It turns out, they like us, or so they say. Biomedical researchers should take note that for the second year in a row, U.S. Senate appropriators have declared funding the National Institutes of Health a national priority. In a resource-constrained environment, the Senate Labor-Health and Human Services Appropriations Subcommittee (Labor-HHS) recommended that the NIH be provided a $2 billion increase for FY17, recommending $34 billion for FY17.
“Investments in biomedical research will lower health care costs, spur medical innovation, sustain America’s competitiveness, and help more Americans live longer, healthier lives,” declared Sen. Roy Blunt (R-MO), chair of the Subcommittee, “I’m proud that we are establishing a pattern of responsibly investing in groundbreaking medical research for the second year in a row.”
The measure has broad support from Democrats, making it the first bipartisan Labor-HHS appropriations bill in seven years. Ranking Member Senator Patty Murray (D-WA) acknowledged, “Hard choices had to be made.”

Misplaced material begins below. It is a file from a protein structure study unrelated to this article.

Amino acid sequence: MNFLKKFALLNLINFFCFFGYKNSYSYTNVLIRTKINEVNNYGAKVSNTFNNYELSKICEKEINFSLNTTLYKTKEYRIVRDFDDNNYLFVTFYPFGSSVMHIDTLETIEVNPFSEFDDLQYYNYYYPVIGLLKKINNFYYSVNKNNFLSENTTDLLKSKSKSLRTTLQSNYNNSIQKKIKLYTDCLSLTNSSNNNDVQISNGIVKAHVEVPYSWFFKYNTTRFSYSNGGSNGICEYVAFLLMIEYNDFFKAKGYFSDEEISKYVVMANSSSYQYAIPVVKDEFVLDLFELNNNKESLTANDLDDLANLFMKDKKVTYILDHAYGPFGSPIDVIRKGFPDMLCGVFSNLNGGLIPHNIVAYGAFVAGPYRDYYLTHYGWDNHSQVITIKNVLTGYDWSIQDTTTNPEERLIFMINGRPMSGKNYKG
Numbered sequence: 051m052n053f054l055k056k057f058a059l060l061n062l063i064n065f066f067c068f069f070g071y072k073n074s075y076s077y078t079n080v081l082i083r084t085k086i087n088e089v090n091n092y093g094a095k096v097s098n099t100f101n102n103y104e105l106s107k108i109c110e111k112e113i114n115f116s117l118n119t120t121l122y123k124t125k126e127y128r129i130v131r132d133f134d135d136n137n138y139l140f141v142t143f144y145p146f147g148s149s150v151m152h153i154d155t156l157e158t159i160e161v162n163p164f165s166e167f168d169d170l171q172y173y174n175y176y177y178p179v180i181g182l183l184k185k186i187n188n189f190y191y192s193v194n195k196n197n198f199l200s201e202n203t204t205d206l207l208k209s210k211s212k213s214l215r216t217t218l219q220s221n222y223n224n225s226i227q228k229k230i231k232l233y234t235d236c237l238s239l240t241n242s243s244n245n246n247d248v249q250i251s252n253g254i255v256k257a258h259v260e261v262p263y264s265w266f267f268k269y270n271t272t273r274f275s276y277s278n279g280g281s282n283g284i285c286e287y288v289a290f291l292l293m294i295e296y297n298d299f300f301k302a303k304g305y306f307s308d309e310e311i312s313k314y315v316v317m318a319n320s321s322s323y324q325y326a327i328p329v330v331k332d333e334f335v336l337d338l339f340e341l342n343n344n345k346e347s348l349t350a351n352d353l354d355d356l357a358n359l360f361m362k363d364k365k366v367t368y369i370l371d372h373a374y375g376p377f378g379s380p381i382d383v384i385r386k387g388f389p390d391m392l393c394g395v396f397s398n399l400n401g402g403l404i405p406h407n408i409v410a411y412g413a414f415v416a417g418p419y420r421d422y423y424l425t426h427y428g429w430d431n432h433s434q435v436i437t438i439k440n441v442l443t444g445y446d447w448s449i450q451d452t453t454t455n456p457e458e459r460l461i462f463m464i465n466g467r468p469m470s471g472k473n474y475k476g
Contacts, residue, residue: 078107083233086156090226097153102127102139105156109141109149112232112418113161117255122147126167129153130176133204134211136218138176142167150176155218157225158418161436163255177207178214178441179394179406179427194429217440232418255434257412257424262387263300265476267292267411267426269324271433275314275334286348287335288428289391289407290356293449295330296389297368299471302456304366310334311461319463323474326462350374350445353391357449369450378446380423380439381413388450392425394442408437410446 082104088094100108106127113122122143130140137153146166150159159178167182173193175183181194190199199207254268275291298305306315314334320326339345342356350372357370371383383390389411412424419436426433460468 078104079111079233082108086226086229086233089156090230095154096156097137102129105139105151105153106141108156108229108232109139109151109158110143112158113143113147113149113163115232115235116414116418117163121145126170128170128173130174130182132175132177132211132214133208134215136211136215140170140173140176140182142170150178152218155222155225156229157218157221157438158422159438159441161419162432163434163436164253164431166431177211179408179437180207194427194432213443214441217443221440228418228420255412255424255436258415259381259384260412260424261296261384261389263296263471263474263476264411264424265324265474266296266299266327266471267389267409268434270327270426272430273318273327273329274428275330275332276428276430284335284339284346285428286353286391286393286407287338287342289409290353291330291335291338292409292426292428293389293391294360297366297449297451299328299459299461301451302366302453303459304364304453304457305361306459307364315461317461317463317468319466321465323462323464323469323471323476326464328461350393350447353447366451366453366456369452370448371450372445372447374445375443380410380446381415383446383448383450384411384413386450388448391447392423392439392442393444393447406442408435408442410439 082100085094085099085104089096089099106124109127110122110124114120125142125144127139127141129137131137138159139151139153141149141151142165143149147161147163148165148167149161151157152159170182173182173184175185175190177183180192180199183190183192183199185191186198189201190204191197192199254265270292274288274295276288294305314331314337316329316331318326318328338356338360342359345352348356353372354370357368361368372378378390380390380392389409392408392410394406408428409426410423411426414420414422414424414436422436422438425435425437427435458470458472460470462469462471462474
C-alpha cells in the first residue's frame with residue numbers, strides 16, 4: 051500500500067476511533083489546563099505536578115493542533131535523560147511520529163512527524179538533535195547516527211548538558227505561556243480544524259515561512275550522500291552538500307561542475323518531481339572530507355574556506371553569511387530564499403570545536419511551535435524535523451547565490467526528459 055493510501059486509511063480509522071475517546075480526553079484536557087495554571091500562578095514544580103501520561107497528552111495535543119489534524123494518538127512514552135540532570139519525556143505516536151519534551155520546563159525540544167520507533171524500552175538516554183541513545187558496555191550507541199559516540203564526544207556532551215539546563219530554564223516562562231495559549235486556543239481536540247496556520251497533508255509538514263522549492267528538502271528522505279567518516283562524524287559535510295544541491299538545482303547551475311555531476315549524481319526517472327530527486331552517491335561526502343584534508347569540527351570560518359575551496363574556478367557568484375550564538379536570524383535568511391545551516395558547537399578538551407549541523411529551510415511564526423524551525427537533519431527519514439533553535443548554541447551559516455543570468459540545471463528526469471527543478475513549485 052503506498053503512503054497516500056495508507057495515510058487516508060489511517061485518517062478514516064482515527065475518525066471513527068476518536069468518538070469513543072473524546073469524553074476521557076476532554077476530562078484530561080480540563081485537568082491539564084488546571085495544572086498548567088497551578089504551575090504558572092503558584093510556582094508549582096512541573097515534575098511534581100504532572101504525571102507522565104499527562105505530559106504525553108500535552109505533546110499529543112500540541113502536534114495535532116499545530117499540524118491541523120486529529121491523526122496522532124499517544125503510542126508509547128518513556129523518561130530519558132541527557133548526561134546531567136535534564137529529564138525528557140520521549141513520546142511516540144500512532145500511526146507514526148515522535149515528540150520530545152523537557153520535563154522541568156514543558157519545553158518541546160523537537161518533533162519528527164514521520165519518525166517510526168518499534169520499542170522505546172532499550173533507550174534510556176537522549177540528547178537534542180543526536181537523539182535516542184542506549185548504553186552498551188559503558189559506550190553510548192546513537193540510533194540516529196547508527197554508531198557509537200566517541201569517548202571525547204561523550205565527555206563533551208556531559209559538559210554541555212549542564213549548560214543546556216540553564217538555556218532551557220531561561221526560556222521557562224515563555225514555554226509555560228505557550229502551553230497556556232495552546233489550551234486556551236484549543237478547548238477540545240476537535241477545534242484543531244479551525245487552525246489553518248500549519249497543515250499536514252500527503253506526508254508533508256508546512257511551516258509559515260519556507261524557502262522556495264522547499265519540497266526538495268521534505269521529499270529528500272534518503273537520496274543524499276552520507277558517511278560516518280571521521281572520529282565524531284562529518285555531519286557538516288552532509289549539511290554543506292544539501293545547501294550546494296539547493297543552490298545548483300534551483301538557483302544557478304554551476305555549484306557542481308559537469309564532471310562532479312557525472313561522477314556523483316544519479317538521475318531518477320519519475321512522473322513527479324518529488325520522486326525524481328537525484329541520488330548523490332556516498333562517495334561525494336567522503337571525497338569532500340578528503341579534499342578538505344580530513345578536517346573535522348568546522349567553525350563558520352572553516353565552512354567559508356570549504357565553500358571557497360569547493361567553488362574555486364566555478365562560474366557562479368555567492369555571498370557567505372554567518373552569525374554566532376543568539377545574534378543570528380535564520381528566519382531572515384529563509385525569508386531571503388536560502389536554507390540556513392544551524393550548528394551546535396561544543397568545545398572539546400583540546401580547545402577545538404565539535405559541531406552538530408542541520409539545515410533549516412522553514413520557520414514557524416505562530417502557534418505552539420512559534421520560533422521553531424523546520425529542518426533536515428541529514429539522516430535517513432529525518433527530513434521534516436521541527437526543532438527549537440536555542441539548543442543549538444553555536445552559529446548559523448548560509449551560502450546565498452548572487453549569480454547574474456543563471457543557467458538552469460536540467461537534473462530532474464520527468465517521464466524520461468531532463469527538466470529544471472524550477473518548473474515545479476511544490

The proposed increase includes an additional $100 million for the new Precision Medicine Initiative million-person cohort program, as well as an additional $400 million for Alzheimer’s disease research. It also includes increases of $100 million for the BRAIN Initiative and $50 million for research to combat antimicrobial resistance.
The bill outlines increased funding for every NIH Institute and Center. The new money is to support investments that advance science and speed the development of new therapies, diagnostics, and preventive measures, all to improve the American health. This is great news for basic scientists. This proposed funding will enable researchers throughout the U.S. to answer new support in fields such as cell biology, biophysics, genetics, developmental biology, and so many other areas.
The House has not yet written its own version of the NIH bill. However, Rep. Tom Cole (R-OK), the chair of the House Labor-HHS Appropriations Subcommittee, has recently gone out of his way to state his public supportive for the NIH and pledged to include a $2 billion increase in the House bill.
“It’s terrific to see bipartisan support for biomedical research, but there’s still a long way to go before this bill gets signed into law,” warns Keith Yamamoto, chair of the CLS. “We will continue to engage Congress on this bill to ensure the best outcome for NIH-funded researchers.”
Meanwhile all eyes turn to the House to see whether biomedical research is the object of true Congressional love or just a passing fiscal fancy.